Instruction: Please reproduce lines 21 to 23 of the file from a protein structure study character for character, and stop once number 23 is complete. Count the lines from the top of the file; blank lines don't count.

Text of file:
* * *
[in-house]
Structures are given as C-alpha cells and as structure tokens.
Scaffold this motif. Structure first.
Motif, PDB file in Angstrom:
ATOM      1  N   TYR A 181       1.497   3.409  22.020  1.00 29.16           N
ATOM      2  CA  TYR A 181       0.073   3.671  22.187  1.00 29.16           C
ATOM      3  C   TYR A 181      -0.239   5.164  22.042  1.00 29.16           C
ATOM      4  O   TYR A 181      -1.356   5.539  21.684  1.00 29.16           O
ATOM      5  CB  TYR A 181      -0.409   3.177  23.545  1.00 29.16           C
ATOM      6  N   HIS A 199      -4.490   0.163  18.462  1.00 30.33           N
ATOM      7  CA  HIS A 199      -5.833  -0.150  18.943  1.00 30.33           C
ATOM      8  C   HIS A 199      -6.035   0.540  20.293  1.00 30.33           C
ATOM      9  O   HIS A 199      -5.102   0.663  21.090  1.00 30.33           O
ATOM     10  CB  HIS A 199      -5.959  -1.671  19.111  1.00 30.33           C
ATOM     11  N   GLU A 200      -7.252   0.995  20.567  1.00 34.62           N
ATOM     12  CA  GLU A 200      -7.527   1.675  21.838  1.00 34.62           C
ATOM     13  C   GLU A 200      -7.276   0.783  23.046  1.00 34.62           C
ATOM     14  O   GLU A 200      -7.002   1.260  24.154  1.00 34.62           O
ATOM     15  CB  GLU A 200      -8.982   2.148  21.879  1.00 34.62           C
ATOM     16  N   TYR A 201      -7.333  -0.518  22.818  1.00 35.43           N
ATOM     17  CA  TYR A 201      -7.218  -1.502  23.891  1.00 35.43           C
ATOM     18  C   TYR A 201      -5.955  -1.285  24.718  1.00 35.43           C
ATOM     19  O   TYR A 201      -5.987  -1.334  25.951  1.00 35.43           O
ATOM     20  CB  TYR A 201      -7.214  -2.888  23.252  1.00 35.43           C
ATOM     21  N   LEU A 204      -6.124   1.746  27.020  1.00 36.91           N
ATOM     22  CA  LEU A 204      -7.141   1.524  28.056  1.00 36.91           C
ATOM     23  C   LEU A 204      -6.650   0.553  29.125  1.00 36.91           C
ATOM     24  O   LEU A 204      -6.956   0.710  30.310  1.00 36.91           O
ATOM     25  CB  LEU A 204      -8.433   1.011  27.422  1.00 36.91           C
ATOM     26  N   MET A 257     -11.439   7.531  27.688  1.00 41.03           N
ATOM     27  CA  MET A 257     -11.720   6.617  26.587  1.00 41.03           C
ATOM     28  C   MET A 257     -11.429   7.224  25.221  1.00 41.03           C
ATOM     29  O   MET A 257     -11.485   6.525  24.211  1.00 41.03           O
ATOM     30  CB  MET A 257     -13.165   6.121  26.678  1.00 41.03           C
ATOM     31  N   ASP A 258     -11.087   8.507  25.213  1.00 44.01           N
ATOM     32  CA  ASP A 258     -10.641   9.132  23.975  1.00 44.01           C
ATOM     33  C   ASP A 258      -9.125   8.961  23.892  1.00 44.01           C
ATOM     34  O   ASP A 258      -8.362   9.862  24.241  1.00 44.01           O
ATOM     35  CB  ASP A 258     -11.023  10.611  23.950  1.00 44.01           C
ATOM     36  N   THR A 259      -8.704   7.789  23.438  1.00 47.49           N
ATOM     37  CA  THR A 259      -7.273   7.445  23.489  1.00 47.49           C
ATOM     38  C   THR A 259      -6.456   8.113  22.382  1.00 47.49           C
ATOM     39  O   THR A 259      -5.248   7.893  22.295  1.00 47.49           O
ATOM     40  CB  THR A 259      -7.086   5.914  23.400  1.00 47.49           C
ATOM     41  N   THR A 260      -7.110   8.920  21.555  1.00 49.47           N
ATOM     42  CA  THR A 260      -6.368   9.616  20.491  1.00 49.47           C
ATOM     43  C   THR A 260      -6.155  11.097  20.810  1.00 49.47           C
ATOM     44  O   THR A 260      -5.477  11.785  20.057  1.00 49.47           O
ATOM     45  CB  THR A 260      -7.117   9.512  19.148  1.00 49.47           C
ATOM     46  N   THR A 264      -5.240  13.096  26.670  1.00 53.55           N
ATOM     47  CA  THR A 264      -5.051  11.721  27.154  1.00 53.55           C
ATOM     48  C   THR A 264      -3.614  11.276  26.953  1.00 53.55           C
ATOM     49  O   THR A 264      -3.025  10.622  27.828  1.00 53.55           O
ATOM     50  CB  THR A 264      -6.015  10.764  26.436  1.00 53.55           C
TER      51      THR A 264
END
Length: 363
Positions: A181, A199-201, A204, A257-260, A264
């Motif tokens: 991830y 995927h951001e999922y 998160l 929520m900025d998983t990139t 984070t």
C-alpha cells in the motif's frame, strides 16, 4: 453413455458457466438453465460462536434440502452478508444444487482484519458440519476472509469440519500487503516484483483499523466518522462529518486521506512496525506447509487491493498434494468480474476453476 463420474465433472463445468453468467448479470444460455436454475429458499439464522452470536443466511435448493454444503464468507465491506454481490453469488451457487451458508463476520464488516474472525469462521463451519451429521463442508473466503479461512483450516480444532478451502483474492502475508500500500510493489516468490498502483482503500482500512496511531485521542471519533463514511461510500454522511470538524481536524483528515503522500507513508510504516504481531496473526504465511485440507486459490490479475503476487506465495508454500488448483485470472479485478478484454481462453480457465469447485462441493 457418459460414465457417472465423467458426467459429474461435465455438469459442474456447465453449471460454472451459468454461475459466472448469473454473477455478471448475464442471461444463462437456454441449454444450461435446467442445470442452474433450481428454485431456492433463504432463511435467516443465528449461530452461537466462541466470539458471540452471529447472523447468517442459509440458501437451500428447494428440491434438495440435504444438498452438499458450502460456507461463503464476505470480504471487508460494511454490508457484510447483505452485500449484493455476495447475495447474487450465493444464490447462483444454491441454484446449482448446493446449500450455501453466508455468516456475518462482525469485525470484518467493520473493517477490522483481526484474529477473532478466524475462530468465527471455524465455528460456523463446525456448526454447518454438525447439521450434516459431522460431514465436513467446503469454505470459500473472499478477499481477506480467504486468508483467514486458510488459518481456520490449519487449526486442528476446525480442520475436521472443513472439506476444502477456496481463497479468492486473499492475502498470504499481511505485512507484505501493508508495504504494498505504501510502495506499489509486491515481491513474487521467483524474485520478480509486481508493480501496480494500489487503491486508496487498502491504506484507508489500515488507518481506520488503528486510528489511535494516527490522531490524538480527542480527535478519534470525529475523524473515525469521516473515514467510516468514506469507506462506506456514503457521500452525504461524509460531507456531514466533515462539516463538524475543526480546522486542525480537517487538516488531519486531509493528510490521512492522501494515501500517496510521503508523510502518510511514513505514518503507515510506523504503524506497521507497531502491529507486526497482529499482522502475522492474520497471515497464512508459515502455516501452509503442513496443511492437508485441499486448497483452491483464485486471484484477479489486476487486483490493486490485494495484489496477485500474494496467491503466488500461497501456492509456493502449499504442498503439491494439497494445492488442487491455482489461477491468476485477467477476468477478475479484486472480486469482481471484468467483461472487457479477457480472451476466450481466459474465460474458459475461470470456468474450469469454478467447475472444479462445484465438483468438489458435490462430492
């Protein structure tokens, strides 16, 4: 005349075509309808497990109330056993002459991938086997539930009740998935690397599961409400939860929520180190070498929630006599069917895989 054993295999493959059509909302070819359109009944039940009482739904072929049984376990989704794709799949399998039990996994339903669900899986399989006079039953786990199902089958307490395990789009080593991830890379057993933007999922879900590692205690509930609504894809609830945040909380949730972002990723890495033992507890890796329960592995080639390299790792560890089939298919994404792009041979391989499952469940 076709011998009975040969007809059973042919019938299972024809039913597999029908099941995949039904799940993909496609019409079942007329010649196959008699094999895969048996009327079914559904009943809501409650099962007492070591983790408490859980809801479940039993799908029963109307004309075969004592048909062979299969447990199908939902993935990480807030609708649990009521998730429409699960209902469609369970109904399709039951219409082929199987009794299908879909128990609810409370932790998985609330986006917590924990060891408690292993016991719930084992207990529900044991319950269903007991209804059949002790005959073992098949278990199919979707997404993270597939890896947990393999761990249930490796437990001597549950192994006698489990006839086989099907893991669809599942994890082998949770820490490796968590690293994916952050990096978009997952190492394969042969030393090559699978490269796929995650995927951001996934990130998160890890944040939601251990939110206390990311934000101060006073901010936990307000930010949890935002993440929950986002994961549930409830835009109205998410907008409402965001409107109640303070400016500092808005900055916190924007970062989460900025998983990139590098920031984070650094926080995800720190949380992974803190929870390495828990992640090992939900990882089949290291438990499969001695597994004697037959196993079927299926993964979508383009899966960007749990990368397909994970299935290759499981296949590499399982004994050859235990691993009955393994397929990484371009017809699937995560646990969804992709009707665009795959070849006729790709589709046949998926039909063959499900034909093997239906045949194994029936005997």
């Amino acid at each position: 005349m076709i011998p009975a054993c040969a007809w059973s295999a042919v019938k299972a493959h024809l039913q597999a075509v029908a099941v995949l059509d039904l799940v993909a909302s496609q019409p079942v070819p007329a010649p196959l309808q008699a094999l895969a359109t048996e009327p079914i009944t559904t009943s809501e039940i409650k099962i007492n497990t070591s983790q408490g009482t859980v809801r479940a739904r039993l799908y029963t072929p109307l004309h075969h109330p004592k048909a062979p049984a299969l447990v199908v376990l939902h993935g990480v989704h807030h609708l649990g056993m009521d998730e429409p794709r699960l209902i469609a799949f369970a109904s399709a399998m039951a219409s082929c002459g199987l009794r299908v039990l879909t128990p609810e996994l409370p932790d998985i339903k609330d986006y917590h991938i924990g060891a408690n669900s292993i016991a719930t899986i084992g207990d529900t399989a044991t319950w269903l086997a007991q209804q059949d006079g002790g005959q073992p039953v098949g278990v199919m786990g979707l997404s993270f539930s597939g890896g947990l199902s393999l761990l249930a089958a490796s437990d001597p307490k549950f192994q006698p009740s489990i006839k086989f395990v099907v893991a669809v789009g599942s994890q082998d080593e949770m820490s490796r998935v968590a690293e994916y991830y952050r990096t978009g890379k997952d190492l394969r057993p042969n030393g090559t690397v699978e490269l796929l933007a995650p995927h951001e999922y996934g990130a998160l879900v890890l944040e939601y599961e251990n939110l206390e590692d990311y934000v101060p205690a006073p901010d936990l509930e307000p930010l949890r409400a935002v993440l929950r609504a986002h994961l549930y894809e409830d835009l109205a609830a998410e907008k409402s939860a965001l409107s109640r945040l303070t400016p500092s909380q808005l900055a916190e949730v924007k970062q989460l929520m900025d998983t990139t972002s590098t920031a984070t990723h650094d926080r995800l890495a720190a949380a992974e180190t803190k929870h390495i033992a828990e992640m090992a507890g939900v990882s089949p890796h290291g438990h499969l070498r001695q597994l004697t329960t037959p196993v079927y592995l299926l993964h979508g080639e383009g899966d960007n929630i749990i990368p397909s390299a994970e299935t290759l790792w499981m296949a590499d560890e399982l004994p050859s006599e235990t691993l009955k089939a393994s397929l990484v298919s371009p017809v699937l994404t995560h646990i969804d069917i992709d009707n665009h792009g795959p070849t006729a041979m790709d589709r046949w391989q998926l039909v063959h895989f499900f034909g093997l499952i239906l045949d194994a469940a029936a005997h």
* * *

ATOM     17  CA  TYR A 201      -7.218  -1.502  23.891  1.00 35.43           C
ATOM     18  C   TYR A 201      -5.955  -1.285  24.718  1.00 35.43           C
ATOM     19  O   TYR A 201      -5.987  -1.334  25.951  1.00 35.43           O